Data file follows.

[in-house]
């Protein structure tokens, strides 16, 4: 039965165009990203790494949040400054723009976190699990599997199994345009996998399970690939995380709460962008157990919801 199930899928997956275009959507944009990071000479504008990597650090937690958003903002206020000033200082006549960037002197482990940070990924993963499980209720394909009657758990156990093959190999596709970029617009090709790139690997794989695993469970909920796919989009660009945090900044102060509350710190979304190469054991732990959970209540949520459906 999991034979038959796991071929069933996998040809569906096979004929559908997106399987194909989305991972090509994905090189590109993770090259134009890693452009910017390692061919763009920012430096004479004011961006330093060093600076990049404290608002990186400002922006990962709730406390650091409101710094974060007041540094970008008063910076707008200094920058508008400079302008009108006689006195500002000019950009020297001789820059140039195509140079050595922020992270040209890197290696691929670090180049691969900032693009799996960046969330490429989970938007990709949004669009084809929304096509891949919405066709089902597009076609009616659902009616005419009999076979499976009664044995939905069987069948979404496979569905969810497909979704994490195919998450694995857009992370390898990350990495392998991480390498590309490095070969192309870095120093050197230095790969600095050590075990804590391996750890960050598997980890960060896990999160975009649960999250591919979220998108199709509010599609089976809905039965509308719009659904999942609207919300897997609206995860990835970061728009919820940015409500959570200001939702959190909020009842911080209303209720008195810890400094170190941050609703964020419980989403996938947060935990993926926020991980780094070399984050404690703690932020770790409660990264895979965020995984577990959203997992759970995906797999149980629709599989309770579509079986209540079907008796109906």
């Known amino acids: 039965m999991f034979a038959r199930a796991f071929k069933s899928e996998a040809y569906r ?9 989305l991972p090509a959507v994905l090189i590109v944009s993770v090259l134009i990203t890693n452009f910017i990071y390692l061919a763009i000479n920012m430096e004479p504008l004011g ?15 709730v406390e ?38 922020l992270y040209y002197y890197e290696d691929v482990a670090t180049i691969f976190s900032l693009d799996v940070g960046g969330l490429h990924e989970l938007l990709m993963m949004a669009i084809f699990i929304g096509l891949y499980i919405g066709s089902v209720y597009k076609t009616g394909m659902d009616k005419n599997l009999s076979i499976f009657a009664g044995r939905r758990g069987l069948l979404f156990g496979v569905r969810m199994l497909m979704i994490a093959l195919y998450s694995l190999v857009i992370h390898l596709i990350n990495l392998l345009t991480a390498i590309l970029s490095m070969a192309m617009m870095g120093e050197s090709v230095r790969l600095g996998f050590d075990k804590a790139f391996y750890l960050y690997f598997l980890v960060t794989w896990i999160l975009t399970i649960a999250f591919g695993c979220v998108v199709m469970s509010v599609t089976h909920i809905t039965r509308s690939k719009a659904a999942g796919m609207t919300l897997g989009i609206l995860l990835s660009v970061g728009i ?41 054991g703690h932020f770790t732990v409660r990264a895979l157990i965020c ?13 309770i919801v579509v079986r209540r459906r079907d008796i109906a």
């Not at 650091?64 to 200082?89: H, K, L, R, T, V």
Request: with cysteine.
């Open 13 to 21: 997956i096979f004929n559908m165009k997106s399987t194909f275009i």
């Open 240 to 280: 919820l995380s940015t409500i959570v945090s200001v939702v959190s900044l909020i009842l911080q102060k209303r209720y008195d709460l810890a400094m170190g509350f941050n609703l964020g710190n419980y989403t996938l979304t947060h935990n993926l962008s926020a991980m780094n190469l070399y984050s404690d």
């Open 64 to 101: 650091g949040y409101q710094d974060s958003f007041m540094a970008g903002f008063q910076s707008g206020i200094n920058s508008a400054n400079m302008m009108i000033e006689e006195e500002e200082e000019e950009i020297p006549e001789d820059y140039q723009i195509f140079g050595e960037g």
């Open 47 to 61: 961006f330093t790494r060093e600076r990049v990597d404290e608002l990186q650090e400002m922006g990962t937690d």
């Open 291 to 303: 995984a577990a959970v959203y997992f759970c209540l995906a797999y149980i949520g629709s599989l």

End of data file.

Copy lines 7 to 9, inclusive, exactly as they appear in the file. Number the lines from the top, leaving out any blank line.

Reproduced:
């Open 240 to 280: 919820l995380s940015t409500i959570v945090s200001v939702v959190s900044l909020i009842l911080q102060k209303r209720y008195d709460l810890a400094m170190g509350f941050n609703l964020g710190n419980y989403t996938l979304t947060h935990n993926l962008s926020a991980m780094n190469l070399y984050s404690d």
């Open 64 to 101: 650091g949040y409101q710094d974060s958003f007041m540094a970008g903002f008063q910076s707008g206020i200094n920058s508008a400054n400079m302008m009108i000033e006689e006195e500002e200082e000019e950009i020297p006549e001789d820059y140039q723009i195509f140079g050595e960037g």
């Open 47 to 61: 961006f330093t790494r060093e600076r990049v990597d404290e608002l990186q650090e400002m922006g990962t937690d």